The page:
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Troubleshooting Linux Servers
top and Other Basic System Tools
November 24, 2010
You thought you had it all working, didn't you? But then your users report slowdowns, or your logfiles are empty, or jobs don't run-- so how do you find out what's going on?
You thought you had it all working, didn't you? And then you find out that your process you thought was running and collecting data hasn't reported anything for two hours. Or maybe it's something on the desktop -- your browser has frozen and isn't responding. Or suddenly everything's gotten really slow and you're not sure why. And this happens every few days, and you're tired of it.
How do you find out what's going on in your running processes?
top and other basic system tools
All the techniques discussed here require a process ID. If you know the name of the process that's stuck or running wild, you can get its PID with ps aux | grep processname. Otherwise, you can usually find high-CPU processes with top:
Tasks: 114 total, 1 running, 113 sleeping, 0 stopped, 0 zombie Cpu(s): 1.2%us, 0.6%sy, 0.6%ni, 96.0%id, 1.6%wa, 0.0%hi, 0.0%si, 0.0%st Mem: 4053756k total, 1059196k used, 2994560k free, 305236k buffers Swap: 2249060k total, 0k used, 2249060k free, 465112k cached PID USER PR NI VIRT RES SHR S %CPU %MEM TIME+ COMMAND 3055 akkana 20 0 160m 39m 18m S 39 1.0 0:02.83 plugin-containe 2223 akkana 20 0 330m 107m 26m S 16 2.7 0:51.33 firefox-bin 65 root 20 0 0 0 0 S 2 0.0 0:00.34 kondemand/0 1586 root 20 0 71712 22m 8244 S 2 0.6 0:24.87 Xorg 1 root 20 0 2748 1612 1216 S 0 0.0 0:00.37 init 2 root 20 0 0 0 0 S 0 0.0 0:00.00 kthreadd 3 root RT 0 0 0 0 S 0 0.0 0:00.00 migration/0 ...and so on
By default, top starts with the processes that are eating the most CPU. In this case, Firefox isn't stuck, but it is running flash, so the browser and its helper app are together taking up 45% of CPU. That's not a killer, but if the system is slow and you see a process using around 99% CPU, you've found the culprit.
Once you've identified the process, how do you find out more about what it's doing?
strace is a useful program that shows system calls as they happen.
System calls include file operations like read, write and open, timeouts and signals, network operations, and assorted other ways to get or set system information. You can read a general overview with man 2 intro or a long list of all available calls with man 2 syscalls.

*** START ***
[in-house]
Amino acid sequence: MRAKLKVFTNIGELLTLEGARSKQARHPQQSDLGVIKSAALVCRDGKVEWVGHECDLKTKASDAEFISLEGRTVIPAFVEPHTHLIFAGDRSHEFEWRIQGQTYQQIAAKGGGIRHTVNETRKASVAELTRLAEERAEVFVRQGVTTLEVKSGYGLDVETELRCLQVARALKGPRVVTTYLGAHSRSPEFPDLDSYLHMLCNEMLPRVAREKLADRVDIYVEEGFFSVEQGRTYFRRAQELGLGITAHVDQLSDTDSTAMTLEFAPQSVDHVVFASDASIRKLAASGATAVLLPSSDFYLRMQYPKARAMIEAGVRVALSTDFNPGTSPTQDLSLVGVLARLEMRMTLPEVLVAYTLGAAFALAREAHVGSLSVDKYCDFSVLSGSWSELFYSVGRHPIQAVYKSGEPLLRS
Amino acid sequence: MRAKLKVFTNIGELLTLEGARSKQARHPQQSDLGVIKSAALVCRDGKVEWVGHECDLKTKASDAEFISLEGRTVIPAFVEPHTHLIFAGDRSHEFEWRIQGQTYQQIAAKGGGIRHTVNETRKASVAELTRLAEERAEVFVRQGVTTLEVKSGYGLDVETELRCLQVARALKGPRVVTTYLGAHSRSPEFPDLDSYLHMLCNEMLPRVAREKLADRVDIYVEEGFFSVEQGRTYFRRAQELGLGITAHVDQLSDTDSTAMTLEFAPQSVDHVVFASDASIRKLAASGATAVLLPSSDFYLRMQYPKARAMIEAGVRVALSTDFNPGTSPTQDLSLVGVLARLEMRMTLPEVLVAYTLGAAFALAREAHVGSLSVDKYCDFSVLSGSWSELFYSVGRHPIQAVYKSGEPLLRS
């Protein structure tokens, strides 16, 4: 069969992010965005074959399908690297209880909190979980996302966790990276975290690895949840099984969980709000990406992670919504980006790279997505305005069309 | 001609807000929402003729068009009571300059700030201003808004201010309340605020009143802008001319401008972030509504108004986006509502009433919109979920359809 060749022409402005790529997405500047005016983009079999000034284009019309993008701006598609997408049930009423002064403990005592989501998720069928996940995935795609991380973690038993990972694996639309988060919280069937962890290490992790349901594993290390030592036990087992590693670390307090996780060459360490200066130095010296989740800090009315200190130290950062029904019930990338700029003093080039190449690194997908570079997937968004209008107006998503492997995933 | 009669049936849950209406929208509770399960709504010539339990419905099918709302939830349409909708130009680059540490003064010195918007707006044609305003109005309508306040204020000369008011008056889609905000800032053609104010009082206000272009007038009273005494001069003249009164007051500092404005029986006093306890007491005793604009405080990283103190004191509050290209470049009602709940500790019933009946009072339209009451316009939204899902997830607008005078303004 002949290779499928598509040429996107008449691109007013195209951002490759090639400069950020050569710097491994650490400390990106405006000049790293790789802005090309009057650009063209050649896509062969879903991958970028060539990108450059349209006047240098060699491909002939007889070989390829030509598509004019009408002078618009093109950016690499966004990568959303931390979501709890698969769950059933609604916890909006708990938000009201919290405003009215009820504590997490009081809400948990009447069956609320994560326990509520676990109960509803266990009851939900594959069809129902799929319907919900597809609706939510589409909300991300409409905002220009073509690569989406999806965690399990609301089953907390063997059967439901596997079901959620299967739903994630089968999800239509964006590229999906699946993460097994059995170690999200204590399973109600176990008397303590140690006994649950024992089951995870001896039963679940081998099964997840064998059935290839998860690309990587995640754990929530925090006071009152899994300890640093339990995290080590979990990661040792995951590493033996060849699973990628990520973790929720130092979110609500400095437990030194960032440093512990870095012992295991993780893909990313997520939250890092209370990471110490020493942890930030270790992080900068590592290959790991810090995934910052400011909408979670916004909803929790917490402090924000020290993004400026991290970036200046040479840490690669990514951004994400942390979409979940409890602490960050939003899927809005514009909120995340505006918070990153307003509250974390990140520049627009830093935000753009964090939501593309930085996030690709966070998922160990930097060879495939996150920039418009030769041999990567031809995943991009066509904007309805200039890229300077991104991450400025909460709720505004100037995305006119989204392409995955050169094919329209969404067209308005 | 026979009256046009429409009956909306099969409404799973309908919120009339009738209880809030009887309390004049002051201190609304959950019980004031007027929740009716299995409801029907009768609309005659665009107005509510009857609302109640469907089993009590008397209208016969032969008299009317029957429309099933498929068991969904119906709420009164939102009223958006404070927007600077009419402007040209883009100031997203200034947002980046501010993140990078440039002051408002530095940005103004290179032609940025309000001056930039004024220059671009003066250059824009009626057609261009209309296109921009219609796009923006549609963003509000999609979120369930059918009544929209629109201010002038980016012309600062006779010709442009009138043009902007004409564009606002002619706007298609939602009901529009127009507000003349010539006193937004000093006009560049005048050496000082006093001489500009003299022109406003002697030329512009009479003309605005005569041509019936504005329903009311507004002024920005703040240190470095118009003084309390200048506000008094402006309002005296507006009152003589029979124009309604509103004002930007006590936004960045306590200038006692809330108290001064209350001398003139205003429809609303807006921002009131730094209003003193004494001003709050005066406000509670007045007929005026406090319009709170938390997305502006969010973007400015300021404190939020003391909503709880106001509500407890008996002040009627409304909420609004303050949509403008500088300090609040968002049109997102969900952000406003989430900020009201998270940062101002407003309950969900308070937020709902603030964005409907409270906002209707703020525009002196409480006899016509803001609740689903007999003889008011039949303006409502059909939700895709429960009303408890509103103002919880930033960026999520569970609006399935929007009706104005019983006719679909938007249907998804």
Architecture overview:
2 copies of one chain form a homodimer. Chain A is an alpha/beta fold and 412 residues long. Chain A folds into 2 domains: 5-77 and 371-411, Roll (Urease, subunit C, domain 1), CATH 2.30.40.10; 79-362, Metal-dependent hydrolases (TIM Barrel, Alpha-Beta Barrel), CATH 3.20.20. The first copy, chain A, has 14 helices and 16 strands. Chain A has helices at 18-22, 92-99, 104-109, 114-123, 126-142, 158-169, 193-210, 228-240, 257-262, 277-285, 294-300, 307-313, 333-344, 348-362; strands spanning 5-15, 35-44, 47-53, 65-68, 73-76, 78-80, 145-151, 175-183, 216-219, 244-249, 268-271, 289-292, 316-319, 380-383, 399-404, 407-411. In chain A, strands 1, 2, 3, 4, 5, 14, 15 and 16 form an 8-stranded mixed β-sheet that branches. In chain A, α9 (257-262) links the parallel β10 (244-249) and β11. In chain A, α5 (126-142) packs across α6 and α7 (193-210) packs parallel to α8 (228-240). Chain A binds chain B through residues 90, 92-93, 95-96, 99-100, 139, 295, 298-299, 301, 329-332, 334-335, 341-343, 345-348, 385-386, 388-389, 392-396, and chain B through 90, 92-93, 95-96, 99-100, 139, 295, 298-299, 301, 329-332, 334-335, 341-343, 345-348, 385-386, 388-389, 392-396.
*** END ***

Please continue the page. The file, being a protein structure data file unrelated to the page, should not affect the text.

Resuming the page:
This all may sound a bit arcane, but sometimes watching strace output will tell you why a program is failing -- maybe it's waiting for the network, or repeatedly trying to open a file that doesn't exist.
You can run a program under strace, e.g. strace firefox. But more often, you'll want to attach to a process that's already running. Get the process ID from ps or top, then use strace -p.
Suppose I have a process that seems to have hung: top says it's not using any CPU, but it's stuck and hasn't done anything in half an hour.
$ strace -p 3672 Process 3672 attached - interrupt to quit recv(3,... strace just stops there, with the cursor in the middle of a line. What's up?
The program is waiting for the recv system call. Hit Ctrl-C to exit strace, then use apropos:
$ apropos recv recv (2) - receive a message from a socket recvfrom (2) - receive a message from a socket recvmsg (2) - receive a message from a socket
So the process is waiting to read something from a network socket. That's some progress, anyway.
Wait, how do you test this stuff?
As you build up a library of diagnostic tools, you may sometimes wish you had an easier way to experiment with them. It's also handy if you're writing articles! Naturally, when I wanted a program to misbehave so I could show how to debug it, everything on my system worked perfectly. What's a poor girl to do?
Write a misbehaving program! It's easy to simulate a network hang if you have a web server handy. On the server side, write a script like this one:
#! /usr/bin/env python import time print """Content-Type: text/html Hello, world. Now we'll hang for a bit ... """ for i in range(50) : # Don't run forever and clog up the server time.sleep(300) # sleep for 5 minutes print "
You can test it with wget or curl, or write a Python script:
#!/usr/bin/env python import urllib2 response = urllib2.urlopen("http://example.com/testcgi/index.cgi")
Of course, if you just want a program to take up all available CPU, just type something like this into your bash shell, or the equivalent in any other programming language:
while /bin/true; do echo x done